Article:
ChatOps Bot: Query Node Info Without Manual Login

Try Your Best To Avoid Any SSH Operations. Yes, I deeply believe in this principle. But my reality is the automation is never so perfect. I still need to login and check system status sometimes. Though the chance is rare.

It may happen at nights or even when I’m on vacation. So what I can do? Just carry my laptop with me wherever I go? This is certainly bad, isn’t it?

We’re living in the world of ChatOps. And mobile phones dominate our daily life (Sadly!) So why don’t we implement a ChatOps bot for this? Here comes a slack command: /chatqueryhost. (Note: The solution is not limited to Slack)

ChatOps Bot: Query Node Info Without Manual Login


Original Article: https://dennyzhang.com/chatqueryhost

Connect with Denny In LinkedIn Or MailList


Check More Discussion In LinkedIn!

ChatOps Bot: Query Node Info Without Manual Login


1. Install node_usage.py For Each Nodes.

It will get status for each node as a json output.

  • OS resource utilization: RAM, CPU, and disk.
  • [Optional] Get service status, or tail log files.

(See why I choose Python over Shell: GoodBye Shell, Hello Python!)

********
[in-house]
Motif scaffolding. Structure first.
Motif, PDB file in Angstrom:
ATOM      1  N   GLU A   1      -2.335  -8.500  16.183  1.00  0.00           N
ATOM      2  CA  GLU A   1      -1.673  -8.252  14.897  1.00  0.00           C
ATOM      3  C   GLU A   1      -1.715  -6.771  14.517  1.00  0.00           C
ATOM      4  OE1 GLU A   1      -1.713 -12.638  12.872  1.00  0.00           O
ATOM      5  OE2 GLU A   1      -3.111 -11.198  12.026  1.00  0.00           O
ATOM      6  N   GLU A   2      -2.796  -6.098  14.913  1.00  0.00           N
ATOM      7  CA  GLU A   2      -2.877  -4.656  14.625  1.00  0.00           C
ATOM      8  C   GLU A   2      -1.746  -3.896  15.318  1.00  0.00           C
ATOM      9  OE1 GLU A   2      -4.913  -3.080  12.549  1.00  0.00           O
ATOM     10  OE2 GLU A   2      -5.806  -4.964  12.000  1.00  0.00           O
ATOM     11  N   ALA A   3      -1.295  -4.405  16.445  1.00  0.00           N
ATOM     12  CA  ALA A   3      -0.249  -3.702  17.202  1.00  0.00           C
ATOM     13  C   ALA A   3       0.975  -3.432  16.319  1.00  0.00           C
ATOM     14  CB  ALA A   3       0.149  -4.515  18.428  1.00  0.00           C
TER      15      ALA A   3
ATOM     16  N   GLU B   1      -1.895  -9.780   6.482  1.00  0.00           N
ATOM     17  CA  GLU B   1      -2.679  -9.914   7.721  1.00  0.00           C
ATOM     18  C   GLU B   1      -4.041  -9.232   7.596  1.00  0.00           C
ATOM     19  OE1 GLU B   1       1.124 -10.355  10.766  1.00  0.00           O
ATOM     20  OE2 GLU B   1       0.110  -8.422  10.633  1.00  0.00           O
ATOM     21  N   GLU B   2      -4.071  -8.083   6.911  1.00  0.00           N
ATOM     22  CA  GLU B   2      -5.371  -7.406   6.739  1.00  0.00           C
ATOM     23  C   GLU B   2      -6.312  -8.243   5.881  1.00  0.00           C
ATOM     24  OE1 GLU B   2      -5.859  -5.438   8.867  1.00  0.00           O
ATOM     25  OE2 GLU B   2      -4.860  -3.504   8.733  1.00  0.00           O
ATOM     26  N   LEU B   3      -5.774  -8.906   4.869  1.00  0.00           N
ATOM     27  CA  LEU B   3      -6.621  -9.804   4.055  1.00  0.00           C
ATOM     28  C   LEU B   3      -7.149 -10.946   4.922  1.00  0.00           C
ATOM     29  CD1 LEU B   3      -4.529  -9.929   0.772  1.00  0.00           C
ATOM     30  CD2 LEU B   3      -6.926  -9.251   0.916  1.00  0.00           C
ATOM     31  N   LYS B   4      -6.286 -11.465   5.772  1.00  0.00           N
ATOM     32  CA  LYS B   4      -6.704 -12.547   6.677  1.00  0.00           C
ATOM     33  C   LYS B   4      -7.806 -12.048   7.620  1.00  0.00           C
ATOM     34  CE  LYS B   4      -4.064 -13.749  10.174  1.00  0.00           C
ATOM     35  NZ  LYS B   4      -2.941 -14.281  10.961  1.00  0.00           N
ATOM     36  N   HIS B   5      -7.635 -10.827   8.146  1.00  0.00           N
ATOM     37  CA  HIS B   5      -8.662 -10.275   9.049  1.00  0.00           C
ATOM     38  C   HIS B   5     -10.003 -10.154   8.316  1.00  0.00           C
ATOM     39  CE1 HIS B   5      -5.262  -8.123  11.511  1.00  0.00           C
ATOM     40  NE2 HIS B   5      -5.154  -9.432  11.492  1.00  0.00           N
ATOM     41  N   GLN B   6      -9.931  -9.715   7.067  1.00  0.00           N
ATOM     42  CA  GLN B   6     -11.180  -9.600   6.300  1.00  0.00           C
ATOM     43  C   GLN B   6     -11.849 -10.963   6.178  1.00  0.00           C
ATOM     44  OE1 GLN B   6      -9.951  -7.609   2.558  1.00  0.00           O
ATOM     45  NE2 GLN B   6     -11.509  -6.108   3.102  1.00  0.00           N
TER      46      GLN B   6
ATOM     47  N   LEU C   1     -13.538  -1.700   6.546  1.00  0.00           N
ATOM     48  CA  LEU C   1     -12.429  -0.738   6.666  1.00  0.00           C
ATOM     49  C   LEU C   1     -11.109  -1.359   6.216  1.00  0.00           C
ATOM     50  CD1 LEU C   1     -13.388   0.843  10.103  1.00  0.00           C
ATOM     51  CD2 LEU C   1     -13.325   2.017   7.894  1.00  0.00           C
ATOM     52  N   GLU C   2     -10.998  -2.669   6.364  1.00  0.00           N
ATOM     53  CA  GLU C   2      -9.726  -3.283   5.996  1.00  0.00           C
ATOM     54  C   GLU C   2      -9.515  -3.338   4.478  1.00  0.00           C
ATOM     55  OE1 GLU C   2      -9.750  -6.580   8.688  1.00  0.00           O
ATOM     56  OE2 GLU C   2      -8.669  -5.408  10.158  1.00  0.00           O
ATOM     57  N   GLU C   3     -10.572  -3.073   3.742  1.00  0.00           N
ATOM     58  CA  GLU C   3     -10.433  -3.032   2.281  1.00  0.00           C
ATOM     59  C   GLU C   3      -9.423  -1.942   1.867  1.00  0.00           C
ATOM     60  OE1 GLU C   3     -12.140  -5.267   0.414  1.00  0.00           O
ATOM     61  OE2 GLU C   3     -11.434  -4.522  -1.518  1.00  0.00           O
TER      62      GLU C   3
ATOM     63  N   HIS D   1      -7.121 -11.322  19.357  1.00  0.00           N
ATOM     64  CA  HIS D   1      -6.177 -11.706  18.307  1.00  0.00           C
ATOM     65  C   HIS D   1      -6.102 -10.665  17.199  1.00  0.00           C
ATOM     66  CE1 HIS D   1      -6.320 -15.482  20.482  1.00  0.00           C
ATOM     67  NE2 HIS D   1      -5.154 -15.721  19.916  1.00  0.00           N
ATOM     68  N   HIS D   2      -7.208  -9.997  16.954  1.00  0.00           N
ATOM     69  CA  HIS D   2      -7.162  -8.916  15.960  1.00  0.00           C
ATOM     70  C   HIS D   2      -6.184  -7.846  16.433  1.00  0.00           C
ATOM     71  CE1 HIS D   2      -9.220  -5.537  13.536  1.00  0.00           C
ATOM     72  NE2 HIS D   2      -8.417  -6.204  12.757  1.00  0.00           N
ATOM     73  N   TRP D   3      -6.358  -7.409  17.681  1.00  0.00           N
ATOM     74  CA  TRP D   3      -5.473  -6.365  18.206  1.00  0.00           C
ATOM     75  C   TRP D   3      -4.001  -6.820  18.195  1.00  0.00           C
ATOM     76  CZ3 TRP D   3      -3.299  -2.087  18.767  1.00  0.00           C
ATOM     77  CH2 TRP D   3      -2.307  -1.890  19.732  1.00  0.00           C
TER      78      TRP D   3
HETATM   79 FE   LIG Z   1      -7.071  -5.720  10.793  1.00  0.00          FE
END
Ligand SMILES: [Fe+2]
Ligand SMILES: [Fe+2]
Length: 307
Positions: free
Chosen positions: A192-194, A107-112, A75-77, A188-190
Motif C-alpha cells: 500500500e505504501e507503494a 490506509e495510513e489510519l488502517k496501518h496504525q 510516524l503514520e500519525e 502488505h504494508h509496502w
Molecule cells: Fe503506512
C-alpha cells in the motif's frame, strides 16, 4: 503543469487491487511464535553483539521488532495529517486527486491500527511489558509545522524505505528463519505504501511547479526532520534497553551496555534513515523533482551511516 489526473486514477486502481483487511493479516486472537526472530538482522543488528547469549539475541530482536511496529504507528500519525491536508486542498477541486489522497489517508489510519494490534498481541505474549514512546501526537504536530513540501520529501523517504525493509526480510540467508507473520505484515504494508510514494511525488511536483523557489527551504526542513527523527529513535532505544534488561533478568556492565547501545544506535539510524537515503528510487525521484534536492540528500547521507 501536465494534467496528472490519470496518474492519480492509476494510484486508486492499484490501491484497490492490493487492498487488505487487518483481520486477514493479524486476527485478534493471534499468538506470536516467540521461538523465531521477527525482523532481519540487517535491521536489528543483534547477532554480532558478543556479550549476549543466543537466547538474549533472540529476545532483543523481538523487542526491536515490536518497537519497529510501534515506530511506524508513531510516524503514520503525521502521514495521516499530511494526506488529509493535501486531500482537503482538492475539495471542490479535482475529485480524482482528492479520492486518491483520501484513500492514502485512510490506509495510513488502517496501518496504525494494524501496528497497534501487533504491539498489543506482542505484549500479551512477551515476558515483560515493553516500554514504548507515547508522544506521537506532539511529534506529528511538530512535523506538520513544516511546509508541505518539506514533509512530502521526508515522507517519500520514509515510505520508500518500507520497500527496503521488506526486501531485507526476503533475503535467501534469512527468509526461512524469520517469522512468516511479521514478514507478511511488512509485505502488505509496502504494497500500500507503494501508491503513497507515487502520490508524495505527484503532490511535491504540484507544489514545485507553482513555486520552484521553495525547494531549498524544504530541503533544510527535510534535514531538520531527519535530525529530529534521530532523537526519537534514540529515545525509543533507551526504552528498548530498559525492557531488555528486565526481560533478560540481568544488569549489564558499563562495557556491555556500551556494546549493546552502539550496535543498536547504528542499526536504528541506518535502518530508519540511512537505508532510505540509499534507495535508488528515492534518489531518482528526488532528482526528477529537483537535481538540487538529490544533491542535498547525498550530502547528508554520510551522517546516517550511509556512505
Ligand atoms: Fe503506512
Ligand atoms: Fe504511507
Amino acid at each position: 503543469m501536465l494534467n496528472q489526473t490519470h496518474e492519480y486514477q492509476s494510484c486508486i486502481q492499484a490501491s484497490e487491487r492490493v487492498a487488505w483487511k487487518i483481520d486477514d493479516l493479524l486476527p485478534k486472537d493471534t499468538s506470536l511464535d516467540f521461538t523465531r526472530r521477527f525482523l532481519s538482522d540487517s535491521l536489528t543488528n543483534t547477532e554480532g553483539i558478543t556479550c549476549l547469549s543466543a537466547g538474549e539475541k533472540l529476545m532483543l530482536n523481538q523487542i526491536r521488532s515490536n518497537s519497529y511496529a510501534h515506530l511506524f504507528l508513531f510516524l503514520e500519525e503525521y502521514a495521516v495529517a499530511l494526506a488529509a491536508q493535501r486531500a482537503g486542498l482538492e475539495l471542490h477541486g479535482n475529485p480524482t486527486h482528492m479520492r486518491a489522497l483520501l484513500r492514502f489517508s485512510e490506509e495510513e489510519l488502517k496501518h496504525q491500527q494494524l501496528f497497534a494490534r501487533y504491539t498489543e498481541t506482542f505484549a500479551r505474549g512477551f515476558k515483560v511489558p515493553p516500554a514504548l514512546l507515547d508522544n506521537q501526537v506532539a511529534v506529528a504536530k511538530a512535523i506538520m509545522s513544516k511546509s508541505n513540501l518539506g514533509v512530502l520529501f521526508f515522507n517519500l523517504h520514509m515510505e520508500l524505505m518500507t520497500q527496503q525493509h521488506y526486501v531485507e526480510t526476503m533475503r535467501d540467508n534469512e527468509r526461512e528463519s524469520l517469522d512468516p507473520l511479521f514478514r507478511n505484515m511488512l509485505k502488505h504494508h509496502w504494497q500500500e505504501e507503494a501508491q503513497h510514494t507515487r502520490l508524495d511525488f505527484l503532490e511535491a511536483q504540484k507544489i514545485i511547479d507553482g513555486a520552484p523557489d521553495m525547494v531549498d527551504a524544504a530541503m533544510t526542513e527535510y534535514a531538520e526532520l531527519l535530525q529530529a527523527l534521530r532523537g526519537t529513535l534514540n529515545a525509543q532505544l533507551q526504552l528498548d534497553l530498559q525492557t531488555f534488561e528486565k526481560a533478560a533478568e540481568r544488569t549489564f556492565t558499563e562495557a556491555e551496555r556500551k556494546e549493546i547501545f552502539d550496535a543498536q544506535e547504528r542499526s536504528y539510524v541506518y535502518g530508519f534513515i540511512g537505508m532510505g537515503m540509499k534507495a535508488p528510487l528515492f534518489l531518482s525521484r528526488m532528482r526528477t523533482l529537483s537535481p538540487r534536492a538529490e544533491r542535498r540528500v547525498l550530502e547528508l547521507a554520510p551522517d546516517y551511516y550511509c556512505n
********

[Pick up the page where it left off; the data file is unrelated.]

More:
ChatOps Bot: Query Node Info Without Manual Login

2. Start A Web Server, Serving Slack Requests.

It will start a webserver with Python flask + uwsgi.

  • Get requests from Slack input.
  • Run remote ssh command, which is literally node_usage.py.

Code is GitHub. [1] (Warning. I admit: It’s not well documented. Just F.Y.I).

You can design and implement your own ChatOps solution for this.

And here are some suggestions I’ve for you, my friends:

  1. Slack command must return within 3 seconds.[2]
  2. Instead of running ssh commands, it’s safer to wrap py script as agents. Then the agent serves as a tcp or http server.
  3. Support find node by fuzzy match. Your env may have tens of nodes, if not hundereds of. So support people to identify node by giving part of hostname.

2 Responses to ChatOps Bot: Query Node Info Without Manual Login

  1. Not saying the idea doesn’t have merit. It does, and it’s useful. Just that I’m concerned about how easy this would be for a rogue employee to abuse. Admittedly I’ll need to dig into the workings more to dissect how it works. But this is the area that most concerns me.

    • James, I agree we shouldn’t forget security.

      1. For small teams, I think we’re fine.
      2. For big groups, we can enforce whitelist check based on slack users. Thus only selective members can run this in slack.

      Do you see any risks or issues about this approach?

Leave a Reply

Your email address will not be published. Required fields are marked *